War of the Vikings Review
Publisher: Paradox Interactive
Platform Reviewed: PC
Release date: 15/04/2014
With your sword held aloft you hastily close distance on your foe, arrows and spears narrowly miss their target as you get ever closer to your quarry. Your swords meet with a shuddering crash, you back away preparing to strike again, the enemy raises his shield, pondering his next move. Battle has commenced.
War of the Vikings is multiplayer only game brought to us by the same studio who were behind War of the Roses. Thrust into battle as either a Viking or Saxon, combat takes place on a bloody battlefield somewhere in Britannia and you are on the frontline. Played entirely in the third person, this gladiatorial style conflict can be swift and brutal.
The way in which you approach each skirmish will depend heavily on your choice of loadout. Play it safe with a single handed weapon and you may carry a shield. Feeling brave, then maybe a devastating two handed great axe is your preference or how about staying out of range completely and choose a bow and arrow. Let’s not forget your secondary weapons, from small axes and throwing knives to large spears and javelins, all vary in their speed and destructive capabilities.
Holding down left click whilst moving the mouse in any of four directions readies your main weapon for attack. Careful timing and a precise aim can result in a fatal blow, this will take some degree of skill and you will need to be accurate. Parrying is achieved by holding right click as you match the direction of your opponents strike. This can lead to a tense stand-off until you consider that friendly units can also cause you damage. A wayward arrow or a clumsy strike from a nearby ally can be infuriating and can often make the difference in such close quarter combat.
There are currently five game modes on offer, each can host up to 64 players. The usual Team Deathmatch, Domination and Conquest make an appearance. Whilst Arena and Pitched Battle offer a change of pace. You are limited to a single life, bring your enemy to their knees so you can deliver the killing blow, fail and they can be resurrected by their teammates, free to hunt you down themselves.
Joining a game is a simple process of choosing a server and jumping straight into battle. None of the usual matchmaking here. Dueling servers are particularly interesting. Generally played in the Team Deathmatch mode, these games are limited to one versus one clashes. Put away your bows and arrows, these encounters are for those who want to see the light extinguish from the eyes of your foe as you best them in battle. These are very tense and tactical exchanges and lie at the heart of what War of the Vikings has to offer.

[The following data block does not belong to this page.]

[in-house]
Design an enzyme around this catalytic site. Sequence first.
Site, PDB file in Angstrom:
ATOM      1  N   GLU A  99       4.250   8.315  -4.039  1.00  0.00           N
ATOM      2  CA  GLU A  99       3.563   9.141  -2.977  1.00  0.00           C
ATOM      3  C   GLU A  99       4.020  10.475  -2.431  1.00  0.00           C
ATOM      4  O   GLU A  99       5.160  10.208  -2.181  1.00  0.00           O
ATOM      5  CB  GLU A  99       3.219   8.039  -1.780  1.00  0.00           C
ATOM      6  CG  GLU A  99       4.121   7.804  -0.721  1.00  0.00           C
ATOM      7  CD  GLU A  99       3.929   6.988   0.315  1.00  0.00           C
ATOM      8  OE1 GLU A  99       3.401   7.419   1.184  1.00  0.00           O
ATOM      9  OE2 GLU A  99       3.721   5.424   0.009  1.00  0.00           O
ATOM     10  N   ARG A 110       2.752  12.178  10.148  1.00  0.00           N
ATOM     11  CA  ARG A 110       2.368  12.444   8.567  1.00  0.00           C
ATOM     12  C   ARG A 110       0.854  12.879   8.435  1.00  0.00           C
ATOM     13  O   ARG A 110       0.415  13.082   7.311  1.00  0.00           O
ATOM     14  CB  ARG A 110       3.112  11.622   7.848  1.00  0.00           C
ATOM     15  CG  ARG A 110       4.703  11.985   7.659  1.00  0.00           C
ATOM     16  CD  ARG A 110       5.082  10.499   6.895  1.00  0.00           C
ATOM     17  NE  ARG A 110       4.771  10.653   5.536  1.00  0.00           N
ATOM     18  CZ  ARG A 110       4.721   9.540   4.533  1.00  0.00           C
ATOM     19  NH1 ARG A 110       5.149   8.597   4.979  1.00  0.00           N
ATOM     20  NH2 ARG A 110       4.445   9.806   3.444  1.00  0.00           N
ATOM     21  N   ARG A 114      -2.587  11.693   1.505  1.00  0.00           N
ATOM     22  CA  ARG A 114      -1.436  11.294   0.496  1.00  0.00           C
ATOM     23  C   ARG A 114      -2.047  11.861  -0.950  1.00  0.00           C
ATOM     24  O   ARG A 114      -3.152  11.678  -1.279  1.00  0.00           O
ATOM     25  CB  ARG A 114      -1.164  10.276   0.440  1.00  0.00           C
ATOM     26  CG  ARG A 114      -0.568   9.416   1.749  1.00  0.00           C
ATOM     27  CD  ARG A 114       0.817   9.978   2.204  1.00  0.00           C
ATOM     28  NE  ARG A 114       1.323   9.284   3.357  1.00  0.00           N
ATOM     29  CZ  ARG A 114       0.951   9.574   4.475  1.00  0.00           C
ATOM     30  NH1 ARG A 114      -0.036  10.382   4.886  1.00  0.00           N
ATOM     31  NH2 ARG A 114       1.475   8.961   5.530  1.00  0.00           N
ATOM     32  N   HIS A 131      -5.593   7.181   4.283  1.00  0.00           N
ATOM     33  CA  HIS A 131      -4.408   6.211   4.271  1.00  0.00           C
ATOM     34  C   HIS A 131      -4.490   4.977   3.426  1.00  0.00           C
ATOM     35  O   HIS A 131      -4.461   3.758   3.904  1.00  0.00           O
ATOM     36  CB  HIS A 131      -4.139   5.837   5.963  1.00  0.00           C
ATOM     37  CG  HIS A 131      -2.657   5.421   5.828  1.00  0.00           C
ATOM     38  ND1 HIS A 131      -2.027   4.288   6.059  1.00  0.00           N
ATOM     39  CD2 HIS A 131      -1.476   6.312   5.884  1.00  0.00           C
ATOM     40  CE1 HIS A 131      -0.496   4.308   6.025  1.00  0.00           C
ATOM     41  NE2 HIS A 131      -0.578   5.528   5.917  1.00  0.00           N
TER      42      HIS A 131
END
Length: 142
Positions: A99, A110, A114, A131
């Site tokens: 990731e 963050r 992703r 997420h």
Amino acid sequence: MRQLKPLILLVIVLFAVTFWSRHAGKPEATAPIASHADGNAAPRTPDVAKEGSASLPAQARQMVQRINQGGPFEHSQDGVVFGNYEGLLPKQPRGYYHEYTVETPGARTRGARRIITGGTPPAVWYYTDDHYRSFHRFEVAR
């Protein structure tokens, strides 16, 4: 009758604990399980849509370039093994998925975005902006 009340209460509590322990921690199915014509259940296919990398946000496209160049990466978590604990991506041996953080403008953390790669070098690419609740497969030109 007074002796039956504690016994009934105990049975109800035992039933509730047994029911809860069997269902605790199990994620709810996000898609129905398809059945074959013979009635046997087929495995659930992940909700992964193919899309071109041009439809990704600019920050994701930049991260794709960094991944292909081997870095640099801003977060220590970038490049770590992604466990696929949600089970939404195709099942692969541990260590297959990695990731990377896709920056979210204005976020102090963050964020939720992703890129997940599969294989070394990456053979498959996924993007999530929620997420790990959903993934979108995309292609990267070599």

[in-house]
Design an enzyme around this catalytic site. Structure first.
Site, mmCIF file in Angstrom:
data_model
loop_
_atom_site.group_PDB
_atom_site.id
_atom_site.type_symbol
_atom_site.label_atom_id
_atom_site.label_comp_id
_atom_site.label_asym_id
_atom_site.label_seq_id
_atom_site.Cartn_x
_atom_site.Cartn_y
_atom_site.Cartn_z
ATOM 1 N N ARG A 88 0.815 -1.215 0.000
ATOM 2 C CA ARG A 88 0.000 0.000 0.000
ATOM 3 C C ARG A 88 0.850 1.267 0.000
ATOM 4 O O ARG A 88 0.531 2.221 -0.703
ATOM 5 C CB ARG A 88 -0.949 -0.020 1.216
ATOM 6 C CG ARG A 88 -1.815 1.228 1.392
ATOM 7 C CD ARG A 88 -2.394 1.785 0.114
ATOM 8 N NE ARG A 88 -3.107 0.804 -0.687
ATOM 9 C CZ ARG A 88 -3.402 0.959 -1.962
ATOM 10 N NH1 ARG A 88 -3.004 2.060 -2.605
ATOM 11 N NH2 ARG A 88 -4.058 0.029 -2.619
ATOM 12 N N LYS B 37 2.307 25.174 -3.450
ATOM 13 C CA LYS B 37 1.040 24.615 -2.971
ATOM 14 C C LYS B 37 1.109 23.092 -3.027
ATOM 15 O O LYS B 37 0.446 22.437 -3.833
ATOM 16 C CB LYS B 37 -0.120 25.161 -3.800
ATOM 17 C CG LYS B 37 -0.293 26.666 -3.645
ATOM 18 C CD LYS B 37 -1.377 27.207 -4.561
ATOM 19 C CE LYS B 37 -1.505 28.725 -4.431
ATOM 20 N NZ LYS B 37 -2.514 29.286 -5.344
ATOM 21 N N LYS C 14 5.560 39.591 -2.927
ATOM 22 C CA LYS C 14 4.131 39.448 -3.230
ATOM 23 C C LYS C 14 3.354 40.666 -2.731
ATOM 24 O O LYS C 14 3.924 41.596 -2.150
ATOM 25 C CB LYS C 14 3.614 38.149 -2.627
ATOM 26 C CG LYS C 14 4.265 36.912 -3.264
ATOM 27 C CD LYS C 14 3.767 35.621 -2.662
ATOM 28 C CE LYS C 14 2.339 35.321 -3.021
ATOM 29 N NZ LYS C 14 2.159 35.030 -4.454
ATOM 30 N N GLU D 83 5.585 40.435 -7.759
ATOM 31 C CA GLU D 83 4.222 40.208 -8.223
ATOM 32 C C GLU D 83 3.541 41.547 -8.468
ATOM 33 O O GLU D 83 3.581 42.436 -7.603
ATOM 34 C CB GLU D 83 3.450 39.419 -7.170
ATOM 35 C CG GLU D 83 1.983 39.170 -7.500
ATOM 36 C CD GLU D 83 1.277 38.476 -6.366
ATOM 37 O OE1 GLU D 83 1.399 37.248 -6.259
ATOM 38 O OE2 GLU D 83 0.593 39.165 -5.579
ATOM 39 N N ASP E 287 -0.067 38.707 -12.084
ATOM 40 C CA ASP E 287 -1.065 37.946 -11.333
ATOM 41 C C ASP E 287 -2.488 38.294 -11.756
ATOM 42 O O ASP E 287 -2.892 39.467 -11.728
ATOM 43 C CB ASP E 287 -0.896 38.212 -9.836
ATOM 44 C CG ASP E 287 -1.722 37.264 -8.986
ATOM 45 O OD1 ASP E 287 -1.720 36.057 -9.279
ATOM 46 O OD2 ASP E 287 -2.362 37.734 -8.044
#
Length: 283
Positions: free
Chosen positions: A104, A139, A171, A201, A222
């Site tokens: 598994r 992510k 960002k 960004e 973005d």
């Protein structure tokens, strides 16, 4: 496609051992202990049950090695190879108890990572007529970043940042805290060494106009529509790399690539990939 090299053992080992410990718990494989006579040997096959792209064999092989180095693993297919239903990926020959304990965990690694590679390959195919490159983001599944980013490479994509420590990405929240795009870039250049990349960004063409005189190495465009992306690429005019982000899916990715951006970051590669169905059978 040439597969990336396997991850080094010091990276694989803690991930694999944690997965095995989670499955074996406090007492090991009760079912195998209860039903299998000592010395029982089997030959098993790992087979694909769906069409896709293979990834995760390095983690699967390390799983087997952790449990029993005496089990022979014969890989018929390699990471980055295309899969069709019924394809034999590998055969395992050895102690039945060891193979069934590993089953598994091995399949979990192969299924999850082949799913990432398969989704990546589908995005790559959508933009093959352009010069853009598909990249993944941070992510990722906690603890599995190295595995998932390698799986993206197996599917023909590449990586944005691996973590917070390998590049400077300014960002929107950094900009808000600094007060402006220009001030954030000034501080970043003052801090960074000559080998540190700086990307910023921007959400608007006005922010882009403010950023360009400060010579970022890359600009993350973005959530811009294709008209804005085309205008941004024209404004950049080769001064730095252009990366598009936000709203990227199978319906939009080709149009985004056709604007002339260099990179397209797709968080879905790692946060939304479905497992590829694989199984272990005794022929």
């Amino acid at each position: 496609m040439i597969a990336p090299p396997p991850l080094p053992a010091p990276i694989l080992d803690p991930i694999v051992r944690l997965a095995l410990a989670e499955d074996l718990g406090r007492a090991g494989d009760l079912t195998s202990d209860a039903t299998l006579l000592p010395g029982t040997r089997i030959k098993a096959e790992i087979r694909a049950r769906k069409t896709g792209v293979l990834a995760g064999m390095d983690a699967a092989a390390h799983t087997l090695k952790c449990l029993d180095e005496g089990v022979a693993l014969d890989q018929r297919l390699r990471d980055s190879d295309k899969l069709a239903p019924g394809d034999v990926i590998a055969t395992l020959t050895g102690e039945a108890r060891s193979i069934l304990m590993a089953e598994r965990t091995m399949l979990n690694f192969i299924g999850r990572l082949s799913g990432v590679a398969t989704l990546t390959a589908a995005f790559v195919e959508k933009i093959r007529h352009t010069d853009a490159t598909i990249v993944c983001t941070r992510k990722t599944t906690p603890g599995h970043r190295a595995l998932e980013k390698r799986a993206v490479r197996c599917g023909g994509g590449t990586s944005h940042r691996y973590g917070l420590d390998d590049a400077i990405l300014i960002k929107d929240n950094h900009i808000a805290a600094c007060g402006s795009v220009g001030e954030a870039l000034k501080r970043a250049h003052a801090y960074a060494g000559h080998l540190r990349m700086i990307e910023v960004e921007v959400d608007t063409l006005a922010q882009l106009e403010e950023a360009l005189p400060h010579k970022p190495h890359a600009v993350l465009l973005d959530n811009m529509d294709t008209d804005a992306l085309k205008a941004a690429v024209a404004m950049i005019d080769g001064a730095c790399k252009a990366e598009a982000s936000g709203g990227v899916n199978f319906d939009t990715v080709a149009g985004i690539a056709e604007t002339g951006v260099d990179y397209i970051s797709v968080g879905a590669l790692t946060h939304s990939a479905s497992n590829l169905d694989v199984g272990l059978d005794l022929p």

Environments are rich and varied. Mountain villages feel claustrophobic and with limited lines of sight combat is often directed to well-placed choke points. Barren and frozen shores feel empty and lost to the elements, traversing these areas can be challenging and often rely on swift movement to close the distance on your foes without being taken out from afar. It certainly adds to the authentic and brutal feel of the game.
There are elements of customisation, from general appearance to the colour of your shield. It doesn’t go quite deep enough and more choice in this area would be very welcome. There is also no real discernible difference to which faction you are fighting for either. Neither Viking nor Saxon have any particular advantage as weapon choices are very similar. That being said there is something incredibly compelling with regards to the combat. Rushing your target and swinging blindly will often cause your swift demise. You will need to consider your surroundings and plan your next move accordingly.
War of the Vikings does have its faults. Poor optimisation is a problem. A lack of weapons and the shallow customisation make the game feel a little stale after a while. It can be fiendishly difficult and very intimidating, especially if you are new to this style of game. That being said, War of the Vikings is not without its charm and appeal. It offers a somewhat unique experience. It stays true to its source material. Graphically it’s very respectable, complimented by the admirable audio. Plus you can be a Viking, and Vikings are awesome.
Reviewer – MrBadDog